Improv Tip Week #41-Analyzing Lines Series 3 - Jason Klobnak Music

Improv Tip Week #41-Analyzing Lines Series 3

I hope you’ve been enjoying this current series on analyzing lines. This week, after listening to Charlie Parker’s Scrapple From the Apple, there was one line that I kept hearing that to me is a definitive Charlie Parker lick. I heard it repeated at least twice in this solo, but have noticed him playing it in others as well. So this week I wanted to take a look at this simple line and hopefully reveal it in a new light so you can construct similar shapes and lines in your playing.

Below is the line that I’m talking about. In his first chorus on Scrapple From the Apple I hear him end two of his “A” sections with this particular line:

There are a few things that I notice right off the bat with this line that I wanted to share. Hopefully you’ll notice this as well and look for this fundamental shape in other lines that you hear. First, the essential notes of this line are a descending F-major triad:

The line, once filled with some rhythmic interest, is essentially built off of an arpeggio. The last four notes of the line (which works great as a short blues riff by the way) is a fragment of a Fmaj7 arpeggio (without the 3rd). I work with some of my younger students to find creative ways (whether that’s with targeting principles, rhythms, etc) to make a line based off of different inversions of a triad. That’s their skeleton structure that they can build upon.

For instance, you can see how Charlie Parker uses some chromatic targeting on the 3rd (the “A” of the F-major triad) to build off of the triad.

Now, I’m not saying that Charlie Parker was thinking in terms of connecting parts of a F-major triad together. However, when I break down this line-this is what I see. It’s also how I can simplify a harmonic passage in my mind while improvising over a set of chord changes. As an exercise, trying playing lines similar to this in different inversions of the triad. You’ll notice that this particular sound is used a lot by musicians!

I hope you’ve enjoyed this week’s tip! Please feel free to share this with your friends, colleagues and students via Facebook, Twitter, LinkedIn, Google+ or any other site that you’re a contributor. If you haven’t checked it out yet, be sure to click on the link on my book Targeting: Improvisation With Purpose for more ways you can creatively target notes in similar ways that were mentioned above. It’s available in an E-book format (English and Spanish) as well as nicely printed/bound version (English only).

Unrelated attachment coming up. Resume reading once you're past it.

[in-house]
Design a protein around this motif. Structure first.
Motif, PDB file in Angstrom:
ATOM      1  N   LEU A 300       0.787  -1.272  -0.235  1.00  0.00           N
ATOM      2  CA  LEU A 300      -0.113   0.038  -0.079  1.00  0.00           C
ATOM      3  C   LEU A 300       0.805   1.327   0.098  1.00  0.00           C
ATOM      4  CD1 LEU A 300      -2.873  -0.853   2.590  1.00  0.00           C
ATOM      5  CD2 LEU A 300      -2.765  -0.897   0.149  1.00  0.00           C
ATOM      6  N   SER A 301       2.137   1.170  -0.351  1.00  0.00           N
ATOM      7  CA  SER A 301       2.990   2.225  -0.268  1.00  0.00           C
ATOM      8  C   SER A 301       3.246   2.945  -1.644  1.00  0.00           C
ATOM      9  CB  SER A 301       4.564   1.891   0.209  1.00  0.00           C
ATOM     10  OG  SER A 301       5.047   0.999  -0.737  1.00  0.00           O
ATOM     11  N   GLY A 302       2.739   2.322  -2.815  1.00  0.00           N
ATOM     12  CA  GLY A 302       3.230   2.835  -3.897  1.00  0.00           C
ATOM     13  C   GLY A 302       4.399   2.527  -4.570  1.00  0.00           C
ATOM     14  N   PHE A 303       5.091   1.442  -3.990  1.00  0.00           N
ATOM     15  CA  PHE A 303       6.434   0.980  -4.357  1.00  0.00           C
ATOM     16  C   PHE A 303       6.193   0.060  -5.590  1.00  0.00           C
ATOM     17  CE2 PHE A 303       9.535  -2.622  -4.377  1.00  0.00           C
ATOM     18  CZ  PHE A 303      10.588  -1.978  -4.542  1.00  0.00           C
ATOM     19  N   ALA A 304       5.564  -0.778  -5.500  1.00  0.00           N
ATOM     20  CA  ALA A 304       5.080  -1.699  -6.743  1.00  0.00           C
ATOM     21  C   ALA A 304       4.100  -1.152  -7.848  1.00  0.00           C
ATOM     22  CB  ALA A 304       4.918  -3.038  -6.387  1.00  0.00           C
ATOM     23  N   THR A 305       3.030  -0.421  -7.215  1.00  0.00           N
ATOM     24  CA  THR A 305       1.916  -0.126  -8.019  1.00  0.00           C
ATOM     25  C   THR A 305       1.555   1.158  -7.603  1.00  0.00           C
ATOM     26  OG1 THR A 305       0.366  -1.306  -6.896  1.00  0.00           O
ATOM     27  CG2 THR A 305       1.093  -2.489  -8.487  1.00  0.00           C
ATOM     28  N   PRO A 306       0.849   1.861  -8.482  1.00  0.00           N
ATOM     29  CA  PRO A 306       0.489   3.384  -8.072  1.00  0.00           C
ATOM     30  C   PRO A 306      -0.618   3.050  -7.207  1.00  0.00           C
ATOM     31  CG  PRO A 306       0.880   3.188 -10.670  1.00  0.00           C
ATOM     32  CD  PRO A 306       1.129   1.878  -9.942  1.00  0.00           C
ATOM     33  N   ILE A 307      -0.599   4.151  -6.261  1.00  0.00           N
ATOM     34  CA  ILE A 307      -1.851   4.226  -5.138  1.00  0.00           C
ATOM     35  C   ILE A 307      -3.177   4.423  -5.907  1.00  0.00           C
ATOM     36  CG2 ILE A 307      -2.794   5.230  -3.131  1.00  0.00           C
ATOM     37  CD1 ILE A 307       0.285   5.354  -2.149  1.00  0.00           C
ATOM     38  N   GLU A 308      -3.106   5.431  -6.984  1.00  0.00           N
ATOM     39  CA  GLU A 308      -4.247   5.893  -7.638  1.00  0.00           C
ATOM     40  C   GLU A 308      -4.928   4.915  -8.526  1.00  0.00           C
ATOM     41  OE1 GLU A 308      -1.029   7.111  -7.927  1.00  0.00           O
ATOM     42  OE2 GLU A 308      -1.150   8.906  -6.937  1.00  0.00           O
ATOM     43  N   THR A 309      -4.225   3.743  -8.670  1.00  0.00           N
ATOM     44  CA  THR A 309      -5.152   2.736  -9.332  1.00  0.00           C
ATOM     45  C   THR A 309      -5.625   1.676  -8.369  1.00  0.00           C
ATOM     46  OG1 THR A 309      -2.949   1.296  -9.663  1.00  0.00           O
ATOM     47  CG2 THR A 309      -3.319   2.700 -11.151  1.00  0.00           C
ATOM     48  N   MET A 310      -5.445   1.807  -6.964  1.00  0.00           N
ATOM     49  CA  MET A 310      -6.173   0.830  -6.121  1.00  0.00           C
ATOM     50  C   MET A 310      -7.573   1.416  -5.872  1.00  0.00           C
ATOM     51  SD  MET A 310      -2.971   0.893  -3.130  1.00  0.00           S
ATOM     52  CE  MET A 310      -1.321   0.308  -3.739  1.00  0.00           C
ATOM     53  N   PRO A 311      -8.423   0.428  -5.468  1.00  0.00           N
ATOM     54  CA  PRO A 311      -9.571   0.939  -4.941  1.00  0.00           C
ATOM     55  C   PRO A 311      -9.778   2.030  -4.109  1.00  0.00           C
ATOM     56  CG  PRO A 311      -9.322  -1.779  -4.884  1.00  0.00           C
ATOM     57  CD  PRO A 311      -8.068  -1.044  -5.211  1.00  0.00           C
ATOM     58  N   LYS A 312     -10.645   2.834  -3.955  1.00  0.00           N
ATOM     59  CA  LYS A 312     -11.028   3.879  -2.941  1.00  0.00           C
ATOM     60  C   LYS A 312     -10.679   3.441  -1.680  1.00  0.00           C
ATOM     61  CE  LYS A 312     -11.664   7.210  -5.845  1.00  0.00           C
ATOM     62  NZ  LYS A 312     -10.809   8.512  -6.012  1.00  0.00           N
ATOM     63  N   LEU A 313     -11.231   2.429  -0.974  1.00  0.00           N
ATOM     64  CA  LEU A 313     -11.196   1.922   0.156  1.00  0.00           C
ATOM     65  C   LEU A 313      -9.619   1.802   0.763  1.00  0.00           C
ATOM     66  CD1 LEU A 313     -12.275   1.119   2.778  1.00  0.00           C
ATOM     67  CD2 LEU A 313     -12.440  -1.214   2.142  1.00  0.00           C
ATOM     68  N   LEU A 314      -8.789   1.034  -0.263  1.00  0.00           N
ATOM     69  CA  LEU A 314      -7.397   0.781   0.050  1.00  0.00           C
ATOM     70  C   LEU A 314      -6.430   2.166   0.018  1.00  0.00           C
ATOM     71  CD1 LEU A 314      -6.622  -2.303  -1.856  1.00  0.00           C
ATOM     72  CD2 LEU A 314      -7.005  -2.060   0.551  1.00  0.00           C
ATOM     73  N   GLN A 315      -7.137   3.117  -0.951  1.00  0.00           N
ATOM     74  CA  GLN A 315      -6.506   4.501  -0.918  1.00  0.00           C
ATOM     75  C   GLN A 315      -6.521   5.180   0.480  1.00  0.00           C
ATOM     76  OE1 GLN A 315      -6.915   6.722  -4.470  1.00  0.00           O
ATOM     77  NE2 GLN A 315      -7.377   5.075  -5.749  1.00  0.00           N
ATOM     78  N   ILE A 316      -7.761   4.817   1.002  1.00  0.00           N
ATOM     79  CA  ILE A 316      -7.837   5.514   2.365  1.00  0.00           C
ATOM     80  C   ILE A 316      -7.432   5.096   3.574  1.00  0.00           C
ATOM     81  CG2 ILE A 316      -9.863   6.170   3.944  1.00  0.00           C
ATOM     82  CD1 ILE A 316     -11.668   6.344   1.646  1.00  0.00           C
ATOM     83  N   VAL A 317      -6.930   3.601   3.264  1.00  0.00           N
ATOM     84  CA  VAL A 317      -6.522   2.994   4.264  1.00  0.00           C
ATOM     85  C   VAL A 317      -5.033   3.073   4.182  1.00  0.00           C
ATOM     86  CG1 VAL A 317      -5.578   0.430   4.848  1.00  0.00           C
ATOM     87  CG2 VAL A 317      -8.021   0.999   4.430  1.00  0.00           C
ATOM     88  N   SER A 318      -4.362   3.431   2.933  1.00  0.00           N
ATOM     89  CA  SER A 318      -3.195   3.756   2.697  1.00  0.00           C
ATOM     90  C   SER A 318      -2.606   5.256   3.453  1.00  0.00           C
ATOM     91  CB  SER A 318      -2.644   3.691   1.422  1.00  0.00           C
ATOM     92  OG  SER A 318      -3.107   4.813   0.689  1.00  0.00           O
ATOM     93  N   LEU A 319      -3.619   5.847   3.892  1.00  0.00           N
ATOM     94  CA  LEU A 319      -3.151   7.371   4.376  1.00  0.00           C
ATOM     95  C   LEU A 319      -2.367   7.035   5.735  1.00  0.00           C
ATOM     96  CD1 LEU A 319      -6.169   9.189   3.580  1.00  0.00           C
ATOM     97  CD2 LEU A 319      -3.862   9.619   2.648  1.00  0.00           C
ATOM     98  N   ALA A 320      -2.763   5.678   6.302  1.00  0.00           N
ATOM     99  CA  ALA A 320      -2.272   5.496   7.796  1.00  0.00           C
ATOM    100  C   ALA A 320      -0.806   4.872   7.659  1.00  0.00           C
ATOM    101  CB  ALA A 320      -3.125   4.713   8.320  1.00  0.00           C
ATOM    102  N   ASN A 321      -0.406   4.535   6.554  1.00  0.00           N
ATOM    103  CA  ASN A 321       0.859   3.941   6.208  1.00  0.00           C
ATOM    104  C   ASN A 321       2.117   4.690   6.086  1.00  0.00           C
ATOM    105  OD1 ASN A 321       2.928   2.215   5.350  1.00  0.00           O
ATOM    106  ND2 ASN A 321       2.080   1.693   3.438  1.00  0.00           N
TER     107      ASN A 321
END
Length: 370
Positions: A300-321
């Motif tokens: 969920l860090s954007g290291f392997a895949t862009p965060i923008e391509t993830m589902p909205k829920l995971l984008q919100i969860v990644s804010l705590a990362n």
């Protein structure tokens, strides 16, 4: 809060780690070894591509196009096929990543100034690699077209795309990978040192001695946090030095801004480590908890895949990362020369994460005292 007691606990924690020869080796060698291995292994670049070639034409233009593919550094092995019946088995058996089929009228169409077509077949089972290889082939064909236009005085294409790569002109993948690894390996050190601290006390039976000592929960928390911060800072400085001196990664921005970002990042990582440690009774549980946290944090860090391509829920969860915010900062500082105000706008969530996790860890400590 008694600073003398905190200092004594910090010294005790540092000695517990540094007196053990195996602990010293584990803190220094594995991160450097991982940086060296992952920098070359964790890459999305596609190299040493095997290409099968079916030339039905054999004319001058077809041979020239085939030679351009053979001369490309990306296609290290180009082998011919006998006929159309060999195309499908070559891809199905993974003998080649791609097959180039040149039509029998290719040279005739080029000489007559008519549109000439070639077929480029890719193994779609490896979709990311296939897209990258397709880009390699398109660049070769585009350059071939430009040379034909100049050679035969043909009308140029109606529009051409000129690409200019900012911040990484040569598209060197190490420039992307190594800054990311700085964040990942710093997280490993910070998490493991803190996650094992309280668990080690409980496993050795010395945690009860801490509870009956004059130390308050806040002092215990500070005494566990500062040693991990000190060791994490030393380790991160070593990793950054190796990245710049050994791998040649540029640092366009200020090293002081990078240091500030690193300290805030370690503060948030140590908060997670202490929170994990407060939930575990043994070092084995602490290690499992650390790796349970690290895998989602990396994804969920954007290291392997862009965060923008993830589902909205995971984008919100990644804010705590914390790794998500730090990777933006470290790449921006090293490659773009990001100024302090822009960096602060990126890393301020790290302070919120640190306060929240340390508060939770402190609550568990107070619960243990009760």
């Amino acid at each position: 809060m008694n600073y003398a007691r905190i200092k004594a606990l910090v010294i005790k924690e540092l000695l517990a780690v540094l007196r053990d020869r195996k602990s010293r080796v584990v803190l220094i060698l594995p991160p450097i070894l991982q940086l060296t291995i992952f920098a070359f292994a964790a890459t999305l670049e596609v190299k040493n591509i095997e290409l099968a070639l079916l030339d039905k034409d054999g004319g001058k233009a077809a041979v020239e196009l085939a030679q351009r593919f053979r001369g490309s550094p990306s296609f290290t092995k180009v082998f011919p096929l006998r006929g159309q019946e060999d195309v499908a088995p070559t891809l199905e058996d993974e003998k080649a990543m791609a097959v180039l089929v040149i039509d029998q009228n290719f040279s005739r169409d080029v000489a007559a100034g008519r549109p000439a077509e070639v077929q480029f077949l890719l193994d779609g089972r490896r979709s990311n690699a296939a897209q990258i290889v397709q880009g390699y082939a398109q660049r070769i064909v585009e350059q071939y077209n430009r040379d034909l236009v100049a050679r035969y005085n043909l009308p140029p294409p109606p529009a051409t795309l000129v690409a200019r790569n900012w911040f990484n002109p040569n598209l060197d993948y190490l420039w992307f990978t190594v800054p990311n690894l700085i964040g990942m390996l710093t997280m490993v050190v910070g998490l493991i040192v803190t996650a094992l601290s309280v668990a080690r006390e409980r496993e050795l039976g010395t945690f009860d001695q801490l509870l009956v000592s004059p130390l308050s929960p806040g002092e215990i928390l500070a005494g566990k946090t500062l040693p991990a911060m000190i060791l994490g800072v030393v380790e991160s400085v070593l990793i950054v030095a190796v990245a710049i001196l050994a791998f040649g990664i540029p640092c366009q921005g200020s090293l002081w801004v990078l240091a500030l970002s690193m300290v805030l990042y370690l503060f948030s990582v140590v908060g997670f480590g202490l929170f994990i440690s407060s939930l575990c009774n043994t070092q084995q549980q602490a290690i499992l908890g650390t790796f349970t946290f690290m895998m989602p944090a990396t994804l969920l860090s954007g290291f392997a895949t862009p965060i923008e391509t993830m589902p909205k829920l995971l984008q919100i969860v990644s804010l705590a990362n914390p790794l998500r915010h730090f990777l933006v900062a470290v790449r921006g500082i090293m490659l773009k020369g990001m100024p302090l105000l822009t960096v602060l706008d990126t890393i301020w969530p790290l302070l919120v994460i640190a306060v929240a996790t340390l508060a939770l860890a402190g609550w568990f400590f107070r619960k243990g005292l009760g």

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About the Author jasonklobnak

Jason Klobnak is a versatile trumpet player that has been performing as an active musician, author, clinician, composer and educator. His band, J's Ruckus, is Denver's blend of Post-Bop, Soul, Gospel, and Hip-Hop. They perform infectious and up-lifting originals for audiences hungry for a memorable live experience. J's Ruckus released their latest album, Suck Less, in March of 2020 and their first EP, Sermons, in July of 2019. Both were recorded live in front of an audience. Suck Less was recorded to a packed auditorium at Arapahoe Community College's Waring Theater in Littleton, CO. Sermons was recorded in front of a sold out crowd at the Soiled Dove Underground.  The JKQ (the Jason Klobnak Quintet/Quartet) is Mr. Klobnak's Hammond B-3 centered groups. The JKQ released their third full-length album in March of 2018 called Friends & Family. It has been very well reviewed, on numerous Top 10 lists for Jazz radio stations across the country (including Denver's KUVO 89.3FM which named it May 2018's CD of the month), and in Jazzweek's Top 100. Each composition was written for specific family and close friends (that might as well be family). Their second album, New Chapter, was recorded in part thanks to the Pathways to Jazz Grant from the Boulder County Arts Alliance. In 2015 and 2016, New Chapter was in the Top 75 on the Jazzweek charts and on the Top 10 playlists for over a dozen radio stations worldwide. Their first album, Mountain, Move made the Best Recordings of 2013 list from AllAboutJazz.com by C. Michael Bailey. His very well reviewed Christmas single, Hark the Herald, in 2016 as part of a creative project with musicians James Roberson and Nathaniel Kearney Jr. Besides the JKQ, Mr. Klobnak is a B.A.C. (Best American Craftsman-custom trumpet), Denis Wick (mouthpiece and mutes) and Westone Audio endorsed artist (ES20 and Tru Customs). Mr. Klobnak has played and recorded for numerous groups ranging from jazz, soul/R&B, indie-rock/pop and gospel. In addition to performing, he has also written two improvisation-based books called Targeting: Improvisation With Purpose and Breaking the Monotony and is currently an adjunct professor and brass instructor at Arapahoe Community College. Mr. Klobnak holds a bachelor degree from Drake University (Des Moines, IA) and a Master’s degree from the University of Denver, Lamont School of Music (Denver, CO).

  • Michael McLaughlin says:

    How can you analyze this fragment without mentioning neighbor tones? To me the point of it is decorating chord tones with (mostly) chromatic neighbor tones. And as such is a hallmark of bebop.

    • jasonklobnak says:

      Hey Michael-thanks for posting your question! Chromatic targeting is synonymous with neighbor tones (as well as other descriptive terms that mean the same thing). It was mentioned towards the end of the post.

      Thanks for bringing this up as I’m sure others may be wondering the same thing!

      All the best,

      Jason

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